Assessment Literacy Self-Study Quiz #3
by Tim Newfields
This column mentions a few basic questions about testing, statistics, and assessment in a quiz format to help readers
become more familiar with some of the jargon and concepts in the field and also think critically about some testing
practices. Suggested answers for the items below are available at http://jalt.org/test/SSA3.htm.
Part I: Open Questions
What statistics should be made public about a commercial test? If too little information is offered,
a loss of face validity might occur. On the other hand, general readers might be baffled by too much information.
Take a look at what was offered to the public about some recent TOEIC® scores from the Institute for
International Business Communication website:
The number of people who took this test in July 2007: 57,131
Source: IIBC. (2007). Koushiki Deeta: Heikin Skoa Shosai. [Public Information: Mean Score Details].
Retrieved on August 10, 2007 from http://www.toeic.or.jp/toeic/data/data_ave01.html?score_id=0000000018
What other statistics about this test should probably be mentioned to the public?
A teacher notices an error in her school entrance exam after the exam was administered: one multiple choice question
had two possible correct answers. What, if anything, should the teacher do?
Recently a rating was developed by Isao Kobayashi of Kawai Juku to determine the "Good Places to learn English" [Eigo no Yoi Mon]
in Japan based on his personal analysis of an unspecified number of 2005 university entrance exam problems. Kobayashi concluded
that the Osaka University of Foreign Studies and Niigata University were the best places to learn English based on
the quality of their entrance exam questions. By contrast, Sophia University was ranked at 50th place because that author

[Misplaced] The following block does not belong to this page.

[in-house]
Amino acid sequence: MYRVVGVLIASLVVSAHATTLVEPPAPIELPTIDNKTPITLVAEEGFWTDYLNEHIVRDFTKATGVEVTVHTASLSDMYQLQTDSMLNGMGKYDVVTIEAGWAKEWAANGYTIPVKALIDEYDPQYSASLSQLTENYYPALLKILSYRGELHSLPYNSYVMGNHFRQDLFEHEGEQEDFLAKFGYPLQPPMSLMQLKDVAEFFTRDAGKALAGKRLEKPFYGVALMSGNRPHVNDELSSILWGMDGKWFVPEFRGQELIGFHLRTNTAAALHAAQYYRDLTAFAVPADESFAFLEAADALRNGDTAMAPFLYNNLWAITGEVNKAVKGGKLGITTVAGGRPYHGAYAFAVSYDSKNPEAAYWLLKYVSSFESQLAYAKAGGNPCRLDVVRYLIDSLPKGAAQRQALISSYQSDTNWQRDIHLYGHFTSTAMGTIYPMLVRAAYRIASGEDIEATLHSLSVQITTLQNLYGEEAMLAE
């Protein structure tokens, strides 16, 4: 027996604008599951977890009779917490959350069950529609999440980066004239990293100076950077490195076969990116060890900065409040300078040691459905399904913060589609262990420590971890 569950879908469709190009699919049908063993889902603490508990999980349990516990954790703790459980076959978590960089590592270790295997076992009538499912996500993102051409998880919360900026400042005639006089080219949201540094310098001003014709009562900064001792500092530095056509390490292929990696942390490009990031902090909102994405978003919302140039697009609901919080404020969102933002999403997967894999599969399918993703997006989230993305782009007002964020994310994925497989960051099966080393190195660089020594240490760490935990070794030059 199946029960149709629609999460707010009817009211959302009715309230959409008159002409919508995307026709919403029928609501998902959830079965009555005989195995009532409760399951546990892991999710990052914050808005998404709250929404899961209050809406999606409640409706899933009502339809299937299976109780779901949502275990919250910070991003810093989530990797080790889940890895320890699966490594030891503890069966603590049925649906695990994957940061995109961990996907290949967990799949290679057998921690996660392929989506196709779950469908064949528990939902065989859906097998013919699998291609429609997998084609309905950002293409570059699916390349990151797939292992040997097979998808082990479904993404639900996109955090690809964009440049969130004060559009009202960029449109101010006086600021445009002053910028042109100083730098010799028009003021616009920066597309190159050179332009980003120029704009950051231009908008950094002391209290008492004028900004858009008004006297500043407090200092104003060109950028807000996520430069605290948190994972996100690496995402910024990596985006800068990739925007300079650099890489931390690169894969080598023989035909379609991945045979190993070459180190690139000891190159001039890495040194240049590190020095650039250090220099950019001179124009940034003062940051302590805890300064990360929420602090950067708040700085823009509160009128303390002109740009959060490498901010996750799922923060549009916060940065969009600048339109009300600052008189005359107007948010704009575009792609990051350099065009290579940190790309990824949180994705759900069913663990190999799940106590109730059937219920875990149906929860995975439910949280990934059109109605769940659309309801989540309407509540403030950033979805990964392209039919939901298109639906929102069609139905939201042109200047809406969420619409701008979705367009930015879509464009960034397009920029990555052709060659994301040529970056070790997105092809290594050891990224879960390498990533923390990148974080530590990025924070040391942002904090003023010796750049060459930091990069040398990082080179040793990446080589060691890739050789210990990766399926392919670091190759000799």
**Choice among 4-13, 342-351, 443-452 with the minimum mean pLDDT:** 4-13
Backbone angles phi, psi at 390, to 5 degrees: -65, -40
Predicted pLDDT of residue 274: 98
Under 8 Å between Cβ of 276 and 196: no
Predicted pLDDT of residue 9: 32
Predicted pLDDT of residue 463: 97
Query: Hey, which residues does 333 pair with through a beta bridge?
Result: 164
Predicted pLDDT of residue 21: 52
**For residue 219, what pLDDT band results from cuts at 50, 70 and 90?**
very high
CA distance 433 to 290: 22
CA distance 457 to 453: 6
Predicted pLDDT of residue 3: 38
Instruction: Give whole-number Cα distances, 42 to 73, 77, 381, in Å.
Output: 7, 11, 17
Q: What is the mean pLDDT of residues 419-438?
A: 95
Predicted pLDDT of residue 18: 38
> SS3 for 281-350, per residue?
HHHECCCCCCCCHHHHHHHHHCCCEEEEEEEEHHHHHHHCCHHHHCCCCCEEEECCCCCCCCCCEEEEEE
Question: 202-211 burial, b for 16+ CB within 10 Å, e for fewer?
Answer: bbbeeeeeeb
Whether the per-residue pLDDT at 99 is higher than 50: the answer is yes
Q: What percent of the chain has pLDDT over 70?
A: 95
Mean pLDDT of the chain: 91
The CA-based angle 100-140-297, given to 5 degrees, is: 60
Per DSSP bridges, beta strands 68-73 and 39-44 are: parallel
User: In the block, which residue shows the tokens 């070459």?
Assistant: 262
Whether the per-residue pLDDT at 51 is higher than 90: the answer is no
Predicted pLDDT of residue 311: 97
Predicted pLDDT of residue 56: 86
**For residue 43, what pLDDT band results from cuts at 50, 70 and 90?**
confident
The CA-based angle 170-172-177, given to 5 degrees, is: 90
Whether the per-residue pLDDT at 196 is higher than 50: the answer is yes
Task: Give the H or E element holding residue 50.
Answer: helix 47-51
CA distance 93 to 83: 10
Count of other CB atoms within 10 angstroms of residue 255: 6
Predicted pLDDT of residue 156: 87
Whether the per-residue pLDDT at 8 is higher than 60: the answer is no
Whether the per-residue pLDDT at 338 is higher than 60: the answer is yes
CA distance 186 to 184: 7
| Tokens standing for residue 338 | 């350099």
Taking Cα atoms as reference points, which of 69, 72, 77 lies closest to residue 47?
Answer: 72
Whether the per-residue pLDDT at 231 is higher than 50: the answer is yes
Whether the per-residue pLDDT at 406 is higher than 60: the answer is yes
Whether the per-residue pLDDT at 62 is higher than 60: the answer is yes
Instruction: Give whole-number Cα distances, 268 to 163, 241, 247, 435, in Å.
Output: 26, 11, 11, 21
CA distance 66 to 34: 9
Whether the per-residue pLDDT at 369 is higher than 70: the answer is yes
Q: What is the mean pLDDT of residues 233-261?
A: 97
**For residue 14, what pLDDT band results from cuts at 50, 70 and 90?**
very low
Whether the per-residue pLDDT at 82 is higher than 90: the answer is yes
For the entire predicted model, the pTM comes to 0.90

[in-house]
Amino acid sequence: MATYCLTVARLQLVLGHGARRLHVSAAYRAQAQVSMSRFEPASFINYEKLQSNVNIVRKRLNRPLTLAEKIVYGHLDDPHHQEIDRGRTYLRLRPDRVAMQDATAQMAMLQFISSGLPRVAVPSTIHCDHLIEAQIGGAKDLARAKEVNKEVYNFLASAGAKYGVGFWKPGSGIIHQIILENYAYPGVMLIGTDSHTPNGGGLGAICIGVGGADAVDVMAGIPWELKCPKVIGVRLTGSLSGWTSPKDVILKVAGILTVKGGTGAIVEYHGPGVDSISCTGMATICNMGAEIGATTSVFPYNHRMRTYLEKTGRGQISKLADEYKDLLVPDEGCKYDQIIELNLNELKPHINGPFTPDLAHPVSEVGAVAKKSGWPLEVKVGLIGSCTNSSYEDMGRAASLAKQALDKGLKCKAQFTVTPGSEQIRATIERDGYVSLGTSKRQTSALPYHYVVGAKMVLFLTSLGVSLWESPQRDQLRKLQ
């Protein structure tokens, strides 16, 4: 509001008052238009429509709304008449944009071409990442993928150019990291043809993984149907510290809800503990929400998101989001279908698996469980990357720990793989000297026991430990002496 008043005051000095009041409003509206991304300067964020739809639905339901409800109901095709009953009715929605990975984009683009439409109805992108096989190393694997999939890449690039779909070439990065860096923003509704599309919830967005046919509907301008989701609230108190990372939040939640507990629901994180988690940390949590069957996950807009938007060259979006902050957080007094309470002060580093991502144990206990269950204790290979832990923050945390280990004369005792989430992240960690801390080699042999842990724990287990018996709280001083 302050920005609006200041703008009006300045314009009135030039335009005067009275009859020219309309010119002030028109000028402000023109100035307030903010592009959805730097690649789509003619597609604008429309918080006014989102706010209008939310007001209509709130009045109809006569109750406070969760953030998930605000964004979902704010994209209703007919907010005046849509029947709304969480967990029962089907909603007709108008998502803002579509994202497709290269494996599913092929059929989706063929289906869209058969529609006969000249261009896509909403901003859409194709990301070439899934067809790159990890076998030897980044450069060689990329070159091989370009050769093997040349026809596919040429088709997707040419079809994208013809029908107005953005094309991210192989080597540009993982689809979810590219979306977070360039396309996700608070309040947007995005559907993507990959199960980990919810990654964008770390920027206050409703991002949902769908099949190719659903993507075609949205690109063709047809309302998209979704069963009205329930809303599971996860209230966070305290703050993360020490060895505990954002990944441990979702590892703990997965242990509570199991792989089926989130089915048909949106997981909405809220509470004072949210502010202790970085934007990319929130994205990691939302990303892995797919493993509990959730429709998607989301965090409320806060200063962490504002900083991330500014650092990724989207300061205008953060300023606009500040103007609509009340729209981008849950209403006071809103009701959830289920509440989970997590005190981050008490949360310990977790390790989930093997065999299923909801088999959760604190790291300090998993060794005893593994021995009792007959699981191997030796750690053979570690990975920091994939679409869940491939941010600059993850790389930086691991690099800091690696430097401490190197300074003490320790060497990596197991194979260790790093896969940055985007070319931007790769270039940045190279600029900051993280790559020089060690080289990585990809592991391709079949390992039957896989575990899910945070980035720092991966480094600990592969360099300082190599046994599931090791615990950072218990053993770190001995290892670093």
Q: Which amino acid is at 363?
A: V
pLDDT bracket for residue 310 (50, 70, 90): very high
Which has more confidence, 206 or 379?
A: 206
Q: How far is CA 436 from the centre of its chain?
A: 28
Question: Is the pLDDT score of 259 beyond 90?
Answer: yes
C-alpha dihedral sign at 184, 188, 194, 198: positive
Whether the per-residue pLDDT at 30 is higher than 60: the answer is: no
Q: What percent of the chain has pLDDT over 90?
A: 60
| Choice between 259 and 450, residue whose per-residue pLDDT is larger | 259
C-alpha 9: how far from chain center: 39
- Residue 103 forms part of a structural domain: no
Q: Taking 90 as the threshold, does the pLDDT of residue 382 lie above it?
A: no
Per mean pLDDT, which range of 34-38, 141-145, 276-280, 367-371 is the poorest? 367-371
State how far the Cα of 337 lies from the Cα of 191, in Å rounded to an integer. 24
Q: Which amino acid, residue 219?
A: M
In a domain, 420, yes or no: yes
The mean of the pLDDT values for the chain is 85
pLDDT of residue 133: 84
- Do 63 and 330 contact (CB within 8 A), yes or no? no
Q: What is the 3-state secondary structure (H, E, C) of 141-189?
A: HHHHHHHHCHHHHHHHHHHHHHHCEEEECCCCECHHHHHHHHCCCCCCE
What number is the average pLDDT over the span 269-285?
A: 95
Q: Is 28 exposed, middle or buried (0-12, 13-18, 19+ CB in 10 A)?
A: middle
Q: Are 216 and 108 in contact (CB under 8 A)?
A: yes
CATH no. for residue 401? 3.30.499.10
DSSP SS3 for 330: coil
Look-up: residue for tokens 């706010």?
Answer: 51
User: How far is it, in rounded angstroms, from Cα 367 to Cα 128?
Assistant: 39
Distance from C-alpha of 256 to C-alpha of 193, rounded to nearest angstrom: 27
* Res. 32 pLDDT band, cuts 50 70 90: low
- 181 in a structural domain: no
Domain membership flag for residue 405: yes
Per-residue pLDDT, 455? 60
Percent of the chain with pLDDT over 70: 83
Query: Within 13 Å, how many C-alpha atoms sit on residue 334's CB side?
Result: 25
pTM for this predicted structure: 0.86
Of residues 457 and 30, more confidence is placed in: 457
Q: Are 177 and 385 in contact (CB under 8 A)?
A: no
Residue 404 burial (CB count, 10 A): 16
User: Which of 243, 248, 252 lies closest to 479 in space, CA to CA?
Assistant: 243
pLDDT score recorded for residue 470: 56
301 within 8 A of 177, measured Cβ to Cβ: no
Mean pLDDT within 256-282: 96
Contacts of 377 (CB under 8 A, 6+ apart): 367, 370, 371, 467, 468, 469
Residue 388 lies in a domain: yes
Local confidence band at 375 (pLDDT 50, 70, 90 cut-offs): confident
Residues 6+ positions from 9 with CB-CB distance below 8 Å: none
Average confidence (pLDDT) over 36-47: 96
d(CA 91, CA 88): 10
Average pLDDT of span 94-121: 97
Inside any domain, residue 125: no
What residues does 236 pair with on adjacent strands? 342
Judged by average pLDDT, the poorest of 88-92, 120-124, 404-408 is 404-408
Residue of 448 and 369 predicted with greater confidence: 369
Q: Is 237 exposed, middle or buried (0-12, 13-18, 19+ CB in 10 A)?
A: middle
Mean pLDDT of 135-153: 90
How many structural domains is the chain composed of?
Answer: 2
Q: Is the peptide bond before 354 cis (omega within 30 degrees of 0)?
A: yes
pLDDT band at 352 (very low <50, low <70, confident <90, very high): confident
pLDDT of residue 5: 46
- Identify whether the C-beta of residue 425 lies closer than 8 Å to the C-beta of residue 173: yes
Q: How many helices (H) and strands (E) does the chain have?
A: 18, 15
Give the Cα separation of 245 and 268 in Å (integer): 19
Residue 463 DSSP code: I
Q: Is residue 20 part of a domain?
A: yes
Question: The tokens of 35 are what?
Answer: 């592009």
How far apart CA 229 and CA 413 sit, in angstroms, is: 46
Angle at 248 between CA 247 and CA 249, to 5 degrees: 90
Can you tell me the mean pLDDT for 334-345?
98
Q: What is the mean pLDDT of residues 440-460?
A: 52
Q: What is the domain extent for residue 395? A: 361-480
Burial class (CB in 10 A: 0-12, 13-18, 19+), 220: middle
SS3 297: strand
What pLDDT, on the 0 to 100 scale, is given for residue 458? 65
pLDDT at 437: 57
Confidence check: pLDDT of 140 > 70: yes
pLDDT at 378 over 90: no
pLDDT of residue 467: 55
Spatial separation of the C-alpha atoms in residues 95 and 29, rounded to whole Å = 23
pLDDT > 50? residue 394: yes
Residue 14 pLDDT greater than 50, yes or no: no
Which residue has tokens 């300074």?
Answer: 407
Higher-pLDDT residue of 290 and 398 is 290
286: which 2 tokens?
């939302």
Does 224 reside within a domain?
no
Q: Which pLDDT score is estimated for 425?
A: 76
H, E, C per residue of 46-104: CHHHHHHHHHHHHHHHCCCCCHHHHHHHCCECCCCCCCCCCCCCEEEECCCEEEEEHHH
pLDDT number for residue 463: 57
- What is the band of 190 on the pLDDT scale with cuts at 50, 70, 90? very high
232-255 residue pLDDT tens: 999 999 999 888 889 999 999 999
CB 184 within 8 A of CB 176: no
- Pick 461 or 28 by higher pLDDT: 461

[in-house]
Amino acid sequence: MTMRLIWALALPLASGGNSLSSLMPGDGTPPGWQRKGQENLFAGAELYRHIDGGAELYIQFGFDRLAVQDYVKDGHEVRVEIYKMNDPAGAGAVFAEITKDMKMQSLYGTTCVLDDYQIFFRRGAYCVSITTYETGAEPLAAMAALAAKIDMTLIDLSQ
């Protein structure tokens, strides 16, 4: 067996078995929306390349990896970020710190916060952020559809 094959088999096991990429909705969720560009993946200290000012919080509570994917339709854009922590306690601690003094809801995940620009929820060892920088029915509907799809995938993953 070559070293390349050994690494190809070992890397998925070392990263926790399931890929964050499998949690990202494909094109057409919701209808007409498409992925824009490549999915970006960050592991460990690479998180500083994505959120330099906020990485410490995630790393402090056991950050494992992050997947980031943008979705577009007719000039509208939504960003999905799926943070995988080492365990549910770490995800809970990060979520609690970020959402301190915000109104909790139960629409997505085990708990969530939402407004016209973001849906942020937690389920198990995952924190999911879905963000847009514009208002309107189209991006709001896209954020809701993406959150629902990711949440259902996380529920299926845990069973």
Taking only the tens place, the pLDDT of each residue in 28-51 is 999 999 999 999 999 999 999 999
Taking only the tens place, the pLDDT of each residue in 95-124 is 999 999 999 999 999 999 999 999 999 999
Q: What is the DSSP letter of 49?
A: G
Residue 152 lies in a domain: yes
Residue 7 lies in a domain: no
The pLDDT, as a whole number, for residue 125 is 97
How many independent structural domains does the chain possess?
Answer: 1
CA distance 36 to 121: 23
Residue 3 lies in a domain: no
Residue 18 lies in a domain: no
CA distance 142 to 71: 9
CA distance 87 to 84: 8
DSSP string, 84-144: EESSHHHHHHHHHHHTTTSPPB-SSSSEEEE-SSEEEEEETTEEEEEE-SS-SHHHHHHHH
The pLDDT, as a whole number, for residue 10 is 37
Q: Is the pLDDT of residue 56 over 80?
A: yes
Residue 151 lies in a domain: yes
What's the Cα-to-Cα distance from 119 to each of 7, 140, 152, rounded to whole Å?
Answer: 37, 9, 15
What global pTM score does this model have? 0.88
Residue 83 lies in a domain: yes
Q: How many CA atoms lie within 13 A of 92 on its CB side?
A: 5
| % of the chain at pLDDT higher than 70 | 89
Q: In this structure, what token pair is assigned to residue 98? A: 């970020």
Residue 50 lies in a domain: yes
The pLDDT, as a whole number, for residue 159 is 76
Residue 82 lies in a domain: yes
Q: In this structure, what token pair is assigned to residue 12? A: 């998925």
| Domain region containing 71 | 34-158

considered their English entrance examination questions poor.
Any problem with this ranking system?
Source: Kobayashi, Isao (2006). Jukensei ga Ochi-iriyasui Machigatta Eigo Gakushuu-hou wo
Tadasu. In K. Shimizu (Ed.) 2007 Nen Daigaku Rankingu. Tokyo: Asahi Shinbun. p. 60-63.
At a university in Japan a placement test was developed to stream science majors into different classes for
an EFL reading program. Examinees read a 369 word passage about Alfred Nobel, then answered a series of true/false
statements about the passage. One statement from that test was –
[ p. 19 ]
"Alfred Nobel lived his whole life in Sweden."
The response format was to circle either "true" or "false" in the answer sheet. Any problematic points concerning this
question? Also, any issues with using T/F response formats for this sort of test?
Source: Weaver, C. (2007). A Rasch-based evaluation of the presence of item bias in a placement examination
designed for an EFL reading program. In T. Newfields, I. Gledall, P. Wanner, & M. Kawate-Mierzejewska (Eds.).
Second Language Acquisition - Theory and Pedagogy: Proceedings of the 6th Annual JALT Pan-SIG Conference.
Retrieved September 21, 2007 from http://jalt.org/pansig/2007/HTML/Weaver.htm
To compare the mean of a particular sub-group to the mean of a larger group
that is within the same population, what test(s) should be performed?